In late 1911, South Carolina was present for a naval review in New York City before conducting training exercises with the 1st Squadron off Newport, Rhode Island. The ship then steamed south on 3 January 1912 for training exercises off Guantanamo Bay, Cuba before returning to Norfolk on 13 March. She cruised the east coast of the United States from March to late June. That month, she participated in a reception for a visit by the German battlecruiser SMS Moltke and the light cruisers Bremen and Stettin in New York. On 30 June, South Carolina returned to Norfolk for an overhaul.[2]

Just over three months later, she sailed to New York for a visit, which lasted from 11–15 October. Next came a month of exercises off the coast of New England and the Virginia Capes. From mid-November-mid-December, South Carolina steamed with the Special Service Division on visits to Pensacola, Florida, New Orleans, Louisiana, Galveston, Texas, and the Mexican port, Veracruz. She returned to Norfolk on 20 December and remained there until 6 January 1913, when she sailed to Colón, Panama, where her crew saw the newly completed canal. After maneuvers in the area of Guantánamo Bay, she reentered Norfolk on 22 March, then cruised north as far as Newport, stopping at New York from 28 March – 31 May for the dedication of a memorial to Maine.

After a brief period training midshipmen in the Virginia Capes area, South Carolina embarked upon a 16-month period during which she carried the "Big Stick" to the Gulf of Mexico and the Caribbean. From late June until mid-September 1913, she cruised the eastern coast of Mexico protecting American interests at Tampico and Veracruz. She was overhauled at Norfolk from late September 1913-early January 1914, and then headed for maneuvers off Culebra Island off Puerto Rico.

On 28 January, the battleship landed marines at Port-au-Prince, Haiti, to guard the United States legation and to establish a field radio station during that period of political convulsions. She departed Port-au-Prince on 14 April after the restoration of some order under General Oreste Zamor, the new Haitian President. She coaled at Key West, Florida, then steamed to Veracruz where she sent a landing force ashore to join in the occupation of that city until her departure a month later. South Carolina spent the troubled summer of 1914 investigating conditions in Santo Domingo and Haiti.

World War I[edit]

By the time South Carolina returned to Norfolk on 24 September, World War I had already been raging for almost two months. On 14 October, the battleship entered the yard at Philadelphia. She emerged revitalized on 20 February 1915 and headed south for the usual battle practice in the vicinity of Cuba. The exercises took on new meaning since they were hard on the heels of the diplomatic crisis triggered by Germany's declaring the waters around England to be a war zone. The sinking of Lusitania did not cause the United States to enter the war. For almost two years, South Carolina continued her routine of winter and spring exercises out of Guantánamo Bay, summer operations off Newport, and periodic repairs at Philadelphia.

The entry of the United States into the war on the side of the Allies in April 1917 did not presage dramatic events for the Navy. South Carolina continued to operate along the East Coast through 1917 and for the first eight months of 1918.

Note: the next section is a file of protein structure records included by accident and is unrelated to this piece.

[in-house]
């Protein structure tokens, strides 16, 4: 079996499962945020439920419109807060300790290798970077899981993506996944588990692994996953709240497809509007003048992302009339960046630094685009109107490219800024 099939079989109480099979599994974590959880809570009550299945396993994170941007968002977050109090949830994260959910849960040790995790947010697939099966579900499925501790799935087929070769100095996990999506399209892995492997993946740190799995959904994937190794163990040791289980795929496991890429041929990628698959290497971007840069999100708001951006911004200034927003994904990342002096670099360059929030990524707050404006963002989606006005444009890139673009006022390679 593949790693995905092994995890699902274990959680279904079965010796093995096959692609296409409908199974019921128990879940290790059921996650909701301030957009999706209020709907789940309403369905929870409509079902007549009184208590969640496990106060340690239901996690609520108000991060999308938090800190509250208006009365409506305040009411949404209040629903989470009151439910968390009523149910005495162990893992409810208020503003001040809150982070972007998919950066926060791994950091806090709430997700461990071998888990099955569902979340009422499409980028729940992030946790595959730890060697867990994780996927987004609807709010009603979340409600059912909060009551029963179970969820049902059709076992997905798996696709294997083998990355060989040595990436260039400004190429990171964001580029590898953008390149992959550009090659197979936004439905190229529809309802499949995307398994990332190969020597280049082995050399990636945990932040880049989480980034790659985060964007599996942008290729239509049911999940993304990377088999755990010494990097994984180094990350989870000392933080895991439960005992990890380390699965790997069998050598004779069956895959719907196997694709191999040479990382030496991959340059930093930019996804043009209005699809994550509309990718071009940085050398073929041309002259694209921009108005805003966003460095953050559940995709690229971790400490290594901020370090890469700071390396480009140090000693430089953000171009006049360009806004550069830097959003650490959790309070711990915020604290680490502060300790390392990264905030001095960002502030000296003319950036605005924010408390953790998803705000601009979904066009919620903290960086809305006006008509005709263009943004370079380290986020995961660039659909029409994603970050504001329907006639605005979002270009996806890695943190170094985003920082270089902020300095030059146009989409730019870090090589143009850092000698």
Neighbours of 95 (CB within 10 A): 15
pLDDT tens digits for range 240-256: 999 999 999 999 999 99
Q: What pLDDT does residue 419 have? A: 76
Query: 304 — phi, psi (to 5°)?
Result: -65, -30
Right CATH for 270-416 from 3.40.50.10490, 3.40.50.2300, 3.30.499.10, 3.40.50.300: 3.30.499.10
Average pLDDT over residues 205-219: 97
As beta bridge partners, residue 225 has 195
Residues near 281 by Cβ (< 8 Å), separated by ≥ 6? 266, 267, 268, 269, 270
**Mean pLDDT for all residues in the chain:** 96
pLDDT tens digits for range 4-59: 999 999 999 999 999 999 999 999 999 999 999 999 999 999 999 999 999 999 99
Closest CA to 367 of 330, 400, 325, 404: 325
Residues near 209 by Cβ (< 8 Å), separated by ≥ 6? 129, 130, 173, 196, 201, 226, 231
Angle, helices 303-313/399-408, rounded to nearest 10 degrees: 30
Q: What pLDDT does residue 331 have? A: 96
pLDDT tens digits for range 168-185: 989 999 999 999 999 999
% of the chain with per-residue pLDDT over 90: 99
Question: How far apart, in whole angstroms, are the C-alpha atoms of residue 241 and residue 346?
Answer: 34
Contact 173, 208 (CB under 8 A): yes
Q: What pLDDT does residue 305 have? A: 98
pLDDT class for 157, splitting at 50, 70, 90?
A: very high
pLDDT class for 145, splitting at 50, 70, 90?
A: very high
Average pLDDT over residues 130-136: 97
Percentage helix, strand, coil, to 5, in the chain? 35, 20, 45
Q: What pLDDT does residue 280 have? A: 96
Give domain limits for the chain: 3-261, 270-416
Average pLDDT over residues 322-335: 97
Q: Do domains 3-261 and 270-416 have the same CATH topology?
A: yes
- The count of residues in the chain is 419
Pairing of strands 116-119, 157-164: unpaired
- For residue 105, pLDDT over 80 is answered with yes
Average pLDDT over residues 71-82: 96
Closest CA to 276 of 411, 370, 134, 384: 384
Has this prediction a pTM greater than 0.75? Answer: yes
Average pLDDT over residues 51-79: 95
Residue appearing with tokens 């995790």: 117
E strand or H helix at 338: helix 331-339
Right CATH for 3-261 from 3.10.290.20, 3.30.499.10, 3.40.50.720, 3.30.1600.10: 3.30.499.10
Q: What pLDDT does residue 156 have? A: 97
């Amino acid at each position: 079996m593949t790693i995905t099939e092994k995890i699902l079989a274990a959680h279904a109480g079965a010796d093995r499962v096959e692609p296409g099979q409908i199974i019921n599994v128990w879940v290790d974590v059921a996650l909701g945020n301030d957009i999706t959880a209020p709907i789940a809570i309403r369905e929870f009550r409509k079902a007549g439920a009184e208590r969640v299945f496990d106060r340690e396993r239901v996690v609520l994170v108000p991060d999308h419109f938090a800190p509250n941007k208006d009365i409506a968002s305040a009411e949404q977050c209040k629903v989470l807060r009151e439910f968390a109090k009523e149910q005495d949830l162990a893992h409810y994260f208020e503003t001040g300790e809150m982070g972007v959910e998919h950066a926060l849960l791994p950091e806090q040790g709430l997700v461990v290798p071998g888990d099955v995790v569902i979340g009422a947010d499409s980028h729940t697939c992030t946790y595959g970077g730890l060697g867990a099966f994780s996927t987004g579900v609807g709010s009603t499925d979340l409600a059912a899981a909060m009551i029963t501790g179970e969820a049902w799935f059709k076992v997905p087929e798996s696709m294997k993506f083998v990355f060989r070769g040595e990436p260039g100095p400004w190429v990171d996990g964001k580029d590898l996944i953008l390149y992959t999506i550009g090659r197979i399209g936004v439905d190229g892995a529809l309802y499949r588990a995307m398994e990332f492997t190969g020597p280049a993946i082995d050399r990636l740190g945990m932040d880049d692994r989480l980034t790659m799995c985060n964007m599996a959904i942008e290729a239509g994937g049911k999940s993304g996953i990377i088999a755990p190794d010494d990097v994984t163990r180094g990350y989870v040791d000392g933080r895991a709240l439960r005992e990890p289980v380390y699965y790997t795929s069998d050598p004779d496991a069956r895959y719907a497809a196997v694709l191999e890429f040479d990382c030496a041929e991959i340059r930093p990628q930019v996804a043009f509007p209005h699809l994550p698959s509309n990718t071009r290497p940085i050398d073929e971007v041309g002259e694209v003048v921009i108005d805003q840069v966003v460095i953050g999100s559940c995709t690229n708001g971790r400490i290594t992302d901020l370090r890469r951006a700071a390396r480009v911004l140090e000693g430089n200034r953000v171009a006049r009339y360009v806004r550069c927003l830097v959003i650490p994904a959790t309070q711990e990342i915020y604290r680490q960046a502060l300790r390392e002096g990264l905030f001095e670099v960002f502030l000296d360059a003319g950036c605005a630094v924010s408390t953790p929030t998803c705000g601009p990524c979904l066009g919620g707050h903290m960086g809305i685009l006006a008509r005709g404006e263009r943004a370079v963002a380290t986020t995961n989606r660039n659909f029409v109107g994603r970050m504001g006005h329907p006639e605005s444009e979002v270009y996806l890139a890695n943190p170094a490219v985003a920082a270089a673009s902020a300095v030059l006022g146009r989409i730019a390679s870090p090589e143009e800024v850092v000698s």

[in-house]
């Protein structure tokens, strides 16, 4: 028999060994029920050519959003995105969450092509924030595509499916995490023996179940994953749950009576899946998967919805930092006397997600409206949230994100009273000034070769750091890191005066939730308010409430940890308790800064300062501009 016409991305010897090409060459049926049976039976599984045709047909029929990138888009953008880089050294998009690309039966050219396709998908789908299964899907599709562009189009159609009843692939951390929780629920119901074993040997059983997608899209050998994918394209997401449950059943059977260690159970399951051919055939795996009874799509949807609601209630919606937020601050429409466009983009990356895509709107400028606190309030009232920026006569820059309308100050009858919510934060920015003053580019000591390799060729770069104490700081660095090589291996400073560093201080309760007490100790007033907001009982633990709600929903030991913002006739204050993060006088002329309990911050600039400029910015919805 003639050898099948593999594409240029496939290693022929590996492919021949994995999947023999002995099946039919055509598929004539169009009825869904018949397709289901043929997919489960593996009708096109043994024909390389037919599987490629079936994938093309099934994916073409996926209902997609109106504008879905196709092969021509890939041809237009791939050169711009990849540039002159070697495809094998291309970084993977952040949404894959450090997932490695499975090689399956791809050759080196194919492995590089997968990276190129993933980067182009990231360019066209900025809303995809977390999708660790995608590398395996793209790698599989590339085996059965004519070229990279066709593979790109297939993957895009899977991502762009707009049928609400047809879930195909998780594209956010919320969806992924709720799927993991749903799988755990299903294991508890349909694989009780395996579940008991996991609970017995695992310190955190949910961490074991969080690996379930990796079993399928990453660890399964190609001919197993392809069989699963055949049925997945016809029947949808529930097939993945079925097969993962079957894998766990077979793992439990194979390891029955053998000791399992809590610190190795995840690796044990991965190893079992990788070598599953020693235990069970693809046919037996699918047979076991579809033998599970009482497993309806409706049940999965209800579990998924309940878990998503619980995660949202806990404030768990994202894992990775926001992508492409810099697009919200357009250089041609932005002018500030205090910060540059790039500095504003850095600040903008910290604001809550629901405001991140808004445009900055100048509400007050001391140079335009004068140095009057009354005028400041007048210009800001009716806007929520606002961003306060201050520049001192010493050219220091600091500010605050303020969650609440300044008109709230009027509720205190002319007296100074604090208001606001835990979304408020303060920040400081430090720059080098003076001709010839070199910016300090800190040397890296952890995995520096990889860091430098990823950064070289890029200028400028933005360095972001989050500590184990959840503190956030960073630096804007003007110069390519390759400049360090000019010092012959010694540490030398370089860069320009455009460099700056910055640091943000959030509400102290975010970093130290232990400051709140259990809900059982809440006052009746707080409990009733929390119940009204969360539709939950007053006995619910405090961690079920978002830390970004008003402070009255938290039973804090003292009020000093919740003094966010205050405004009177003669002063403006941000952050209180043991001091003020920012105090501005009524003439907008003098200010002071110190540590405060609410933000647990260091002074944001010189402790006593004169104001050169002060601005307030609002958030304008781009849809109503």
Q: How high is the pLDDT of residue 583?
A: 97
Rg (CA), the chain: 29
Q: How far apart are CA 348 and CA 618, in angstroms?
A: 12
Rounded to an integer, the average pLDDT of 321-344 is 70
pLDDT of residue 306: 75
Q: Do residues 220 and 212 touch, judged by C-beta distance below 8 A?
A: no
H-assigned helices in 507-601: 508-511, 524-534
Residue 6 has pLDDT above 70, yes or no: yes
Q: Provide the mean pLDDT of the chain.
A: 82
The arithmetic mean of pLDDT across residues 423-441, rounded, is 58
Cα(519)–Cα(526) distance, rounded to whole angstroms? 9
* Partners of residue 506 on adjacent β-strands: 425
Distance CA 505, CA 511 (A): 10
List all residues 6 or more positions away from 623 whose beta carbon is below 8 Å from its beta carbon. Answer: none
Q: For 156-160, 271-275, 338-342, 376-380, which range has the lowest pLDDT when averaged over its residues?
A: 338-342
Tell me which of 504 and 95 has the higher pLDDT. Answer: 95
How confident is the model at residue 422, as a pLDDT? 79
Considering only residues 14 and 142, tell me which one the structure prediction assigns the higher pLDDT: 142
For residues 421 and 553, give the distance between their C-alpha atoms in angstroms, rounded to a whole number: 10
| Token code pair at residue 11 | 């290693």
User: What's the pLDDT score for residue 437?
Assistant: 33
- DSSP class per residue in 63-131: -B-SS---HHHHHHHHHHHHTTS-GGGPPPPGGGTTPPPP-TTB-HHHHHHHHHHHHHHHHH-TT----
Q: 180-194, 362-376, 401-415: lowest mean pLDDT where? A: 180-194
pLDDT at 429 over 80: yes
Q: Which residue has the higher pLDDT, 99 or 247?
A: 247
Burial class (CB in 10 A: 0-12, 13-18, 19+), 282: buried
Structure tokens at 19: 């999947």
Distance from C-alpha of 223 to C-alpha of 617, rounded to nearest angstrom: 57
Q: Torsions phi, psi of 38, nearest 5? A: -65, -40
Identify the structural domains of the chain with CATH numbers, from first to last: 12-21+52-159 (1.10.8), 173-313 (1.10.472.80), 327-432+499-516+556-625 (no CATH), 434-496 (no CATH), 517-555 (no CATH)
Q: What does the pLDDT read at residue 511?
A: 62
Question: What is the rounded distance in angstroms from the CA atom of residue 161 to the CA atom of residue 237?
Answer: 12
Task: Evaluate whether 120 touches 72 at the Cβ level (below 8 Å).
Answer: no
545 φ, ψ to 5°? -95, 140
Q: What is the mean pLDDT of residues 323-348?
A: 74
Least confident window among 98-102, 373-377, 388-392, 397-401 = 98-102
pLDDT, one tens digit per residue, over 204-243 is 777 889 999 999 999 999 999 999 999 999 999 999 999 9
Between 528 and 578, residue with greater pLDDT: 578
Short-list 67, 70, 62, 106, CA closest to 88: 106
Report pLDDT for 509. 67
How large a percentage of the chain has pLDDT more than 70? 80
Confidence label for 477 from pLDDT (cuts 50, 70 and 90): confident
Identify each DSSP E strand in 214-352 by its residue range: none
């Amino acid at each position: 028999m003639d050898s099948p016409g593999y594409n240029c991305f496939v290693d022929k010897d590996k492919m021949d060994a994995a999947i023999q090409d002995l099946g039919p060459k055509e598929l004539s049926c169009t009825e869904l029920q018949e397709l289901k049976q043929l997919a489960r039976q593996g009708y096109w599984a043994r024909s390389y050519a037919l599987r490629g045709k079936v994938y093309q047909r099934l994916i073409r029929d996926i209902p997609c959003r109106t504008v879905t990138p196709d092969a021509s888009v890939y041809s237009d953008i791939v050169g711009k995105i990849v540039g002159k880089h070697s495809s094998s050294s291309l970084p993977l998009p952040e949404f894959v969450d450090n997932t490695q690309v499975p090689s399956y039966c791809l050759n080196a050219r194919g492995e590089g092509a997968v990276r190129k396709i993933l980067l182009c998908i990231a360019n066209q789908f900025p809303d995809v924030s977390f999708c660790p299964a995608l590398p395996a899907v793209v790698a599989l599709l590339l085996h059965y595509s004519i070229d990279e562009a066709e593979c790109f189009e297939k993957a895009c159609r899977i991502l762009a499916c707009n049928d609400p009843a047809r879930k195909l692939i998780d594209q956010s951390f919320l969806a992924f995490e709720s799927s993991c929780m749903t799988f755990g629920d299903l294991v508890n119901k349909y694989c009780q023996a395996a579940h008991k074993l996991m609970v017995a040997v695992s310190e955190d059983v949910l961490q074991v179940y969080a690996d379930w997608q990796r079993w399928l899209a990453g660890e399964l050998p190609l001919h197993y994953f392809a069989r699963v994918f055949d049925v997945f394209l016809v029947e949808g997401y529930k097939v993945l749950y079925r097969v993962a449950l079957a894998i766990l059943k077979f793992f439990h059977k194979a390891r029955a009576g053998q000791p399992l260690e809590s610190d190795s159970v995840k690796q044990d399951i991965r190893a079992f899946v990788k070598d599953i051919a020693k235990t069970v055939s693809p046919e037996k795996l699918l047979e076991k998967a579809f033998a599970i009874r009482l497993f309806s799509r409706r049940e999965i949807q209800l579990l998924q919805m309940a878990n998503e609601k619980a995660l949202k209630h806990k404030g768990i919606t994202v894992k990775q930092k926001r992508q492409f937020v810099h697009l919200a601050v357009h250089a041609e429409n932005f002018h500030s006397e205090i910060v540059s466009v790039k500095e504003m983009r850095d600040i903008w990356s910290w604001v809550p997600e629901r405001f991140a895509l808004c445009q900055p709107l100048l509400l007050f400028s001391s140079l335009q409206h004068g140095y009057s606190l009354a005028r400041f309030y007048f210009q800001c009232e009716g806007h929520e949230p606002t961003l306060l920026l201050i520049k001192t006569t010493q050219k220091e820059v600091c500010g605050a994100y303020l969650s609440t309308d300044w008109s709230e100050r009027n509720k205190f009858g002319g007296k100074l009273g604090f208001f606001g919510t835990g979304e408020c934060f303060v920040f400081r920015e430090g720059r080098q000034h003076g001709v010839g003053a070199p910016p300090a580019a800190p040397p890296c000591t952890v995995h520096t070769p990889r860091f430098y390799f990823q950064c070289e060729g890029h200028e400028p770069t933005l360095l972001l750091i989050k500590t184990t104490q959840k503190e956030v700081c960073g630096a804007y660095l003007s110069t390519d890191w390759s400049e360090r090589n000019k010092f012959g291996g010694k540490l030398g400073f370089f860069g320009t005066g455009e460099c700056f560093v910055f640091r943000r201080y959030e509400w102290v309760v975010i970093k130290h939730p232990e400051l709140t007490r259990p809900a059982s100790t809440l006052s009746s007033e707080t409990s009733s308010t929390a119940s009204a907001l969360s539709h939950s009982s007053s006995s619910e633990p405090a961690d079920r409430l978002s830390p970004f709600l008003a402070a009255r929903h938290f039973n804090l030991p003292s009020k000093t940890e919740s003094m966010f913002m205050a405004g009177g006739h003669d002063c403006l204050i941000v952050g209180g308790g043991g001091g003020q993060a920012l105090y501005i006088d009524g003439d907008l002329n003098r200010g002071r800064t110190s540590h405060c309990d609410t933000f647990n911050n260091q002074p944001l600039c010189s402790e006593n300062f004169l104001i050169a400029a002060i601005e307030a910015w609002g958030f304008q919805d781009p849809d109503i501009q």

On 9 September 1918, she joined the escort of a convoy bound for France. A week later, she turned the convoy over to other escorts in mid-ocean and steamed back to the United States. After a brief repair period at Philadelphia, she returned to gunnery training service and was so employed at the time of the Armistice on 11 November. During the war, William Gilmer commanded her, for which he received the Navy Cross.

Post-war career[edit]

From mid-February-late July 1919, South Carolina made four round-trip voyages between the United States and Brest, France. By 26 July, when she entered Hampton Roads at the end of the last of these voyages, she had returned over 4,000 World War I veterans to the United States. Following an overhaul at the Norfolk Navy Yard, she embarked midshipmen at Annapolis, Maryland for a cruise to the Pacific. She departed Annapolis on 5 June 1920, transited the Panama Canal, sailed to Hawaii, and then to the West Coast. She visited Seattle, Washington, San Francisco, California, and San Diego, California, as she sailed down the western seaboard. South Carolina cleared San Diego on 11 August, retransited the canal, and sailed for Annapolis on 2 September; then she headed on to Philadelphia, where she remained for seven months.

South Carolina being dismantled in Philadelphia Navy Yard in December 1923.

In early April 1921, she cruised to Culebra Island, Puerto Rico in the West Indies for training, and then operated in the Chesapeake Bay. On 29 May, the battleship embarked another complement of midshipmen at Annapolis. She called at Kristiania, Norway, and Lisbon, Portugal, before heading to the Guantánamo Bay area to round out the midshipmen's summer training cruise. She debarked the midshipmen at Annapolis on 30 August and steamed to Philadelphia where she arrived the following day. South Carolina was decommissioned at Philadelphia on 15 December and remained there until her name was struck from the Naval Vessel Registry on 10 November 1923. Her hulk was sold for scrap on 24 April 1924 in accordance with the terms of the Washington Naval Treaty.

Her silver service is presently on display in the South Carolina Governor's Mansion.[citation needed]

Footnotes[edit]

Notes

  1. ^ /45 refers to the length of the gun in terms of calibers. A /45 gun is 45times long as it is in bore diameter.

Citations

References[edit]

External links[edit]